With the emergence of the Chinese auto industry, it’s no surprise that there are a few American companies beginning to import Chinese vehicles. While some companies are importing completed vehicles fully assembled and ready for sale, others are licensing Chinese vehicle designs and producing them in the USA. One of these companies producing Chinese designed vehicles in the USA is Tiger Trucks.
While they might not look heavy duty, the Tiger Truck Star (left) and Champ 4500 (right) are efficient and powerful. The Star (left) is comparable to most small pickups in terms of payload, while the Champ 4500 (right) can haul more than most 1/2 ton trucks currently on the road – including the Tundra.
Based in Oklahoma, Tiger Trucks is taking advantage of Chinese technology and innovation to create jobs in the United States.
Update: Read the complete story of the diesel Tundra
Toyota’s recent announcement that they’re “shelving” the diesel Tundra is a dumb decision. Here’s why:
- Ford, GM, and Chrylser will all offer diesel half ton trucks in the next 2 years (or less). Toyota will be the only major manufacturer without a light-duty diesel truck.
- Diesel engines offer the best potential for high fuel economy. Early estimates are that a diesel equipped Sierra or Silverado could get around 26mpg without a drop in performance* when compared to the current 5.3L gas engine.
- Light duty diesels are the best substitute for Ford, Dodge, and GM HD truck owners looking to step-down without sacrificing capabilities.
- Toyota already has an excellent light-duty diesel – the Aussie 4.5L twin turbo – ready to go. Economies of scale would likely make this engine cost-competitive with domestic offerings.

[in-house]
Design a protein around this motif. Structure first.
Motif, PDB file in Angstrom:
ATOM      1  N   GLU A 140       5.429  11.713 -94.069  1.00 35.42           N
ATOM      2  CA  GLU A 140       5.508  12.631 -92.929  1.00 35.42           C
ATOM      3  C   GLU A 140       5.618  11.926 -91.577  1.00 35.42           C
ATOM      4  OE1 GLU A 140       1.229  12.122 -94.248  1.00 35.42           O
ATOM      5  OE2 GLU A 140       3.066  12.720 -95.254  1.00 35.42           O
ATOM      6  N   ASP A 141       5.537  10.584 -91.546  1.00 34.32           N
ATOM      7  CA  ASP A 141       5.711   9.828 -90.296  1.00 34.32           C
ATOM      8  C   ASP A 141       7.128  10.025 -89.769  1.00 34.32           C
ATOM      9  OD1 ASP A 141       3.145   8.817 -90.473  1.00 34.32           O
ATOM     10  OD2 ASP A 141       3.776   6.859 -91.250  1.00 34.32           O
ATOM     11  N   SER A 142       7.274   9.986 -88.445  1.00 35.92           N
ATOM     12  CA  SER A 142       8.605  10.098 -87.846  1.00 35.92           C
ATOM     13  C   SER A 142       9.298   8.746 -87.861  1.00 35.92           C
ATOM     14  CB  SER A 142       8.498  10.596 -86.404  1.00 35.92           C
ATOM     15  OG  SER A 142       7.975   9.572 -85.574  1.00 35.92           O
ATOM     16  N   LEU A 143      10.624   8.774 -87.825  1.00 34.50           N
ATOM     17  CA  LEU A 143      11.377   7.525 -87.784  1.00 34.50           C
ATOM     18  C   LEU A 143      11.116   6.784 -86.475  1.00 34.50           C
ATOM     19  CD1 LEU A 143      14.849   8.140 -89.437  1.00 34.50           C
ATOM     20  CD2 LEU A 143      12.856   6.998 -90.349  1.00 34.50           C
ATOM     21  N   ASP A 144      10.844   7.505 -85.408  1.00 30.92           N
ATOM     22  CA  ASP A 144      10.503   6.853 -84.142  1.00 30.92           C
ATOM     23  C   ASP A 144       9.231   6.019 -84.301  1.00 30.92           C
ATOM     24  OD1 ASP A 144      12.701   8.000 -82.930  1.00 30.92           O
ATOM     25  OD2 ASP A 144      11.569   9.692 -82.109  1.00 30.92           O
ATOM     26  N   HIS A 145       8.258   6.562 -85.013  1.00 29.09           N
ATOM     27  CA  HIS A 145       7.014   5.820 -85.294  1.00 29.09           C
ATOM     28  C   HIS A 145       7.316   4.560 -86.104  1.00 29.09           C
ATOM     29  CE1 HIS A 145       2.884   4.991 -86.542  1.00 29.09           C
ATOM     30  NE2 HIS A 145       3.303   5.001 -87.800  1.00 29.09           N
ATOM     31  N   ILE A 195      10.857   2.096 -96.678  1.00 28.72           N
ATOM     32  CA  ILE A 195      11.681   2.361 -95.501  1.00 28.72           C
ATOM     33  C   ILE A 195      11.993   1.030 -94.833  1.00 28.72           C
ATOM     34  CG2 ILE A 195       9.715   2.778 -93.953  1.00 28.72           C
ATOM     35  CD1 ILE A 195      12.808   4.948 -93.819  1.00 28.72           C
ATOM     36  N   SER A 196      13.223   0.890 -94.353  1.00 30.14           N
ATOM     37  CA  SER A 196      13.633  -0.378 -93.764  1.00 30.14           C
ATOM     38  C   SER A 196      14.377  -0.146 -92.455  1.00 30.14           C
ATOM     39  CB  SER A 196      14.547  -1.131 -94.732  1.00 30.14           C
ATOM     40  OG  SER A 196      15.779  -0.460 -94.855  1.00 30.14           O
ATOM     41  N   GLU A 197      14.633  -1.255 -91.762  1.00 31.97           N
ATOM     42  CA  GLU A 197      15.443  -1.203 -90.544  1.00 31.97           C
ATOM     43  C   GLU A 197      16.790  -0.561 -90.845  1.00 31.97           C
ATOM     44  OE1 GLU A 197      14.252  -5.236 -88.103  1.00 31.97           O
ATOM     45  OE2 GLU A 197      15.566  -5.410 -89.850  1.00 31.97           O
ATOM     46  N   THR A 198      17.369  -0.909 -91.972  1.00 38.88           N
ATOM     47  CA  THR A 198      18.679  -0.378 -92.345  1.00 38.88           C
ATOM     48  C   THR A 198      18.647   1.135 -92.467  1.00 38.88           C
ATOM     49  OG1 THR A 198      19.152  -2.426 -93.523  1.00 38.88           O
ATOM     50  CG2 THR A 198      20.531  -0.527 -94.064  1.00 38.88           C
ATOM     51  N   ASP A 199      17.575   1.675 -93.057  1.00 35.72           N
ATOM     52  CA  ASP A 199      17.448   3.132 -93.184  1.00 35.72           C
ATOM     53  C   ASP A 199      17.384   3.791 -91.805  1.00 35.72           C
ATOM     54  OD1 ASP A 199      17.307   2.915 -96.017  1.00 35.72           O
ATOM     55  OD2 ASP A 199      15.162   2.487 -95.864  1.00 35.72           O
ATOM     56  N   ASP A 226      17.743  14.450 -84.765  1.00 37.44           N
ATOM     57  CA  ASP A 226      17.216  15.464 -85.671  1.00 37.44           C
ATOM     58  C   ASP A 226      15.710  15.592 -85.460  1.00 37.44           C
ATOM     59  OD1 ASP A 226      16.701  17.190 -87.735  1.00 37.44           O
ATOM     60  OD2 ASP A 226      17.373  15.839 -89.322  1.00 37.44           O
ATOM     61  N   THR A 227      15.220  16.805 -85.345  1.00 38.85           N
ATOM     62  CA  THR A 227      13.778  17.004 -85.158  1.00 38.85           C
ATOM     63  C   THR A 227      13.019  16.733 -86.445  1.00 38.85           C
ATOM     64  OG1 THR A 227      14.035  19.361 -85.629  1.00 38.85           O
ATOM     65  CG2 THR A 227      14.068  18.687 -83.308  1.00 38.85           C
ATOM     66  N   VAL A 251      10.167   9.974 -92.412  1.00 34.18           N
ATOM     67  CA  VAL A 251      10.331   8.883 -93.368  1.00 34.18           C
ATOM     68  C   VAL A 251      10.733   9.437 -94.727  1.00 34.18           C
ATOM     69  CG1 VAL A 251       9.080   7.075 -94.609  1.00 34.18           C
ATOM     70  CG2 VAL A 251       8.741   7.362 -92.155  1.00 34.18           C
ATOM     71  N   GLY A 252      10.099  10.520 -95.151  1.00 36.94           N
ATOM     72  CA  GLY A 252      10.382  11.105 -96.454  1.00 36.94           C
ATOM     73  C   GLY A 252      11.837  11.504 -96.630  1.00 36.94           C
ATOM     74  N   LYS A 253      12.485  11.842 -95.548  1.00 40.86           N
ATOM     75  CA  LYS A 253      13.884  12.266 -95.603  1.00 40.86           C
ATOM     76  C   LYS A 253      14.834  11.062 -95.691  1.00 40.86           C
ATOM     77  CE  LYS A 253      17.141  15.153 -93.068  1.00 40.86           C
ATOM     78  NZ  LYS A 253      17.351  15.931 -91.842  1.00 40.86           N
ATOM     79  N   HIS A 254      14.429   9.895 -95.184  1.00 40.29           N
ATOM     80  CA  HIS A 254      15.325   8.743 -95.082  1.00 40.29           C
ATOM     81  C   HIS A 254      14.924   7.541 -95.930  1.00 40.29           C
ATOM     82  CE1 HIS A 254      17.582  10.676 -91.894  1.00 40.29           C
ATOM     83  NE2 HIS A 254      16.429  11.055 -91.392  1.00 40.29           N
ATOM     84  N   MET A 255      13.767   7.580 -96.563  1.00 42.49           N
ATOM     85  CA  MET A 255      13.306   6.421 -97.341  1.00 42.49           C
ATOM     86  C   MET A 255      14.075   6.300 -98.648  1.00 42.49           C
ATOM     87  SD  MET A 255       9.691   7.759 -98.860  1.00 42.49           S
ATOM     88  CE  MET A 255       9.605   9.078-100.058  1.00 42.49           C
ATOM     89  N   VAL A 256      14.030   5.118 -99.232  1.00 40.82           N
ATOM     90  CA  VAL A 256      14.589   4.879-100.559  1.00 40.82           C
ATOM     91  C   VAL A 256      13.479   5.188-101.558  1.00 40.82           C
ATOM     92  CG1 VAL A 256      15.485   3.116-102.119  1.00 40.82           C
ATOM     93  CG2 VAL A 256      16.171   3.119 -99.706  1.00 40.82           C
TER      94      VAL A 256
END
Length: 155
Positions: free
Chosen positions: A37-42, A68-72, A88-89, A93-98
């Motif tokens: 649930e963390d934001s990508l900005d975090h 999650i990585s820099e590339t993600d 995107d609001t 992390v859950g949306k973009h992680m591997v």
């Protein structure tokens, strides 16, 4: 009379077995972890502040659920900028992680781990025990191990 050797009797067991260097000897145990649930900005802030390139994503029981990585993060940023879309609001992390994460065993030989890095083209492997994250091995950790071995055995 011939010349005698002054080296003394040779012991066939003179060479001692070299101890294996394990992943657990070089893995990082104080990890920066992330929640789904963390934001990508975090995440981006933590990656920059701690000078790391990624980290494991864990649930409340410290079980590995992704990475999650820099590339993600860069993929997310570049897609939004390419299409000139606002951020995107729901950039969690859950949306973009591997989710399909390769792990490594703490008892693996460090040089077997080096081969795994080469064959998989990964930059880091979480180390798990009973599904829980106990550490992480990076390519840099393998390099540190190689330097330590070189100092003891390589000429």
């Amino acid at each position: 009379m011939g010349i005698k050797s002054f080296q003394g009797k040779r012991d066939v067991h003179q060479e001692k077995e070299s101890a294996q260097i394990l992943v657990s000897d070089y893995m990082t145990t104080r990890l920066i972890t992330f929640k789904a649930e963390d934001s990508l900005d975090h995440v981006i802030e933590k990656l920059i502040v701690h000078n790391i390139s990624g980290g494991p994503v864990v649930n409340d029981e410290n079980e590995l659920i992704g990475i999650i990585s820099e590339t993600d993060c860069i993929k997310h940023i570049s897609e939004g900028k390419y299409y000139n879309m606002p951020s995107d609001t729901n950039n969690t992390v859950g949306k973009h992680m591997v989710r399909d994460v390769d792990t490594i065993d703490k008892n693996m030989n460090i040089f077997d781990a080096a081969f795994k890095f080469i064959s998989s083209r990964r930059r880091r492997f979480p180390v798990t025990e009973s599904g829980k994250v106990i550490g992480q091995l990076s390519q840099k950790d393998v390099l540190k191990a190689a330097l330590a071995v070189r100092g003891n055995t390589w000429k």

With the positives associated with integrating the 4.5L diesel into the Tundra being so plain, one has to wonder why Toyota would shelve such a promising powertrain? Lots of explanations are floating around, but here’s what we believe.
Have Toyota’s fears of a cultural conflict led them to cancel the diesel Tundra?
How many of us exceeded the speed limit, cranked up our stereo a little too loudly, or neglected to wear our seatbelt when we first began driving? How many of us had a teenage fender-bender? How many of us learned the hard way that one or all of these behaviors were foolish and are now wiser for it?
Ford has come up with a safety system that will allow parents to keep their children from acting stupidly while driving a 2010 Focus with the “MyKey” system. Parents will issue their young driver a specially programmed key that limits top speed and stereo volume, as well as a feature that locks out the stereo so long as seatbelts are un-fastened. The MyKey system also features an earlier-than-normal low fuel reminder and some very innovative radar-based “potential collision” warning sensors. In short, the MyKey system will help parents keep their kids from acting like, well, kids.
Will Ford’s new MyKey system make teens safer at the expense of responsibility?
Not to sound like a typical automotive mysoginist, but there’s just something special about a woman with a truck. Maybe it’s the fact that she’s willing to own a big, burly, and difficult to manuever vehicle without a high level of sophistication or refinement. After all, men are known for a lot of the same characteristics. Or maybe it’s the fact that this truck is a great example of how to make your Tundra look great on a budget, and the fact that a beautiful woman owns it.
Either way, check it out:
This 2008 Tundra doesn’t have a ton of extras, but the leveling/lift kit combined with the chrome wheels makes for a very sharp look.
Nice chrome wheels.